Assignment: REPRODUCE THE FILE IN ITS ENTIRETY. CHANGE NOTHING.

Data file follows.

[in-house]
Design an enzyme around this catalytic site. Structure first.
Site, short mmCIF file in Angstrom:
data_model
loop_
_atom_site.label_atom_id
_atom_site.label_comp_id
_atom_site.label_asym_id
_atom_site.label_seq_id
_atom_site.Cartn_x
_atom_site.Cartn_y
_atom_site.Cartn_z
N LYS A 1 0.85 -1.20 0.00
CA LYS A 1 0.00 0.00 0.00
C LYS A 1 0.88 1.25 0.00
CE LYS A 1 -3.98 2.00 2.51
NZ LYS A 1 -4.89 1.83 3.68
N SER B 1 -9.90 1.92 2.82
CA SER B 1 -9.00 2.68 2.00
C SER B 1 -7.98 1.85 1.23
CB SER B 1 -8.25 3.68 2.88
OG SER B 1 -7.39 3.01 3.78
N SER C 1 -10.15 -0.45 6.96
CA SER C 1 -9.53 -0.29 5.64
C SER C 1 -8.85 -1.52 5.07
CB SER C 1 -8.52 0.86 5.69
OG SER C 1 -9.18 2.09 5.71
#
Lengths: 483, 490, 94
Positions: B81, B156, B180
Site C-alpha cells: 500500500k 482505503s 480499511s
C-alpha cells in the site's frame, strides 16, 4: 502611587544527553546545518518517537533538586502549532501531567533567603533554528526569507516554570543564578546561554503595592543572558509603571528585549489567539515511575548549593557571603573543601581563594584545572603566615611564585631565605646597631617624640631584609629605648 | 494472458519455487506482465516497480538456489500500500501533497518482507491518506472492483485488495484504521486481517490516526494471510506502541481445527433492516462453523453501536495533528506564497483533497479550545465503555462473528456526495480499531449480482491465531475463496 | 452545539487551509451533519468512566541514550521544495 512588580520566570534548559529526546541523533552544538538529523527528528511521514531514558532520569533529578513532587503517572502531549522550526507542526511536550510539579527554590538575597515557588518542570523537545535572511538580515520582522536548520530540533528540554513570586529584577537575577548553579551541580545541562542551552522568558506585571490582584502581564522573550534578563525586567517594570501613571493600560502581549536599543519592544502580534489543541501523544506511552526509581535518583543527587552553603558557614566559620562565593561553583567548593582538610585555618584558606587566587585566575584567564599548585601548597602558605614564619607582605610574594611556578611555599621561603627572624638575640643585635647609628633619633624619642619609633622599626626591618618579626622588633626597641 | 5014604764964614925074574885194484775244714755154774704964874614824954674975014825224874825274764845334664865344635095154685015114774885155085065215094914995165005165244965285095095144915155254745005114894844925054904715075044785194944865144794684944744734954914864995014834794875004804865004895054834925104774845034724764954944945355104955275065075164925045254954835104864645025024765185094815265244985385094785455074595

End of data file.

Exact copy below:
[in-house]
Design an enzyme around this catalytic site. Structure first.
Site, short mmCIF file in Angstrom:
data_model
loop_
_atom_site.label_atom_id
_atom_site.label_comp_id
_atom_site.label_asym_id
_atom_site.label_seq_id
_atom_site.Cartn_x
_atom_site.Cartn_y
_atom_site.Cartn_z
N LYS A 1 0.85 -1.20 0.00
CA LYS A 1 0.00 0.00 0.00
C LYS A 1 0.88 1.25 0.00
CE LYS A 1 -3.98 2.00 2.51
NZ LYS A 1 -4.89 1.83 3.68
N SER B 1 -9.90 1.92 2.82
CA SER B 1 -9.00 2.68 2.00
C SER B 1 -7.98 1.85 1.23
CB SER B 1 -8.25 3.68 2.88
OG SER B 1 -7.39 3.01 3.78
N SER C 1 -10.15 -0.45 6.96
CA SER C 1 -9.53 -0.29 5.64
C SER C 1 -8.85 -1.52 5.07
CB SER C 1 -8.52 0.86 5.69
OG SER C 1 -9.18 2.09 5.71
#
Lengths: 483, 490, 94
Positions: B81, B156, B180
Site C-alpha cells: 500500500k 482505503s 480499511s
C-alpha cells in the site's frame, strides 16, 4: 502611587544527553546545518518517537533538586502549532501531567533567603533554528526569507516554570543564578546561554503595592543572558509603571528585549489567539515511575548549593557571603573543601581563594584545572603566615611564585631565605646597631617624640631584609629605648 | 494472458519455487506482465516497480538456489500500500501533497518482507491518506472492483485488495484504521486481517490516526494471510506502541481445527433492516462453523453501536495533528506564497483533497479550545465503555462473528456526495480499531449480482491465531475463496 | 452545539487551509451533519468512566541514550521544495 512588580520566570534548559529526546541523533552544538538529523527528528511521514531514558532520569533529578513532587503517572502531549522550526507542526511536550510539579527554590538575597515557588518542570523537545535572511538580515520582522536548520530540533528540554513570586529584577537575577548553579551541580545541562542551552522568558506585571490582584502581564522573550534578563525586567517594570501613571493600560502581549536599543519592544502580534489543541501523544506511552526509581535518583543527587552553603558557614566559620562565593561553583567548593582538610585555618584558606587566587585566575584567564599548585601548597602558605614564619607582605610574594611556578611555599621561603627572624638575640643585635647609628633619633624619642619609633622599626626591618618579626622588633626597641 | 5014604764964614925074574885194484775244714755154774704964874614824954674975014825224874825274764845334664865344635095154685015114774885155085065215094914995165005165244965285095095144915155254745005114894844925054904715075044785194944865144794684944744734954914864995014834794875004804865004895054834925104774845034724764954944945355104955275065075164925045254954835104864645025024765185094815265244985385094785455074595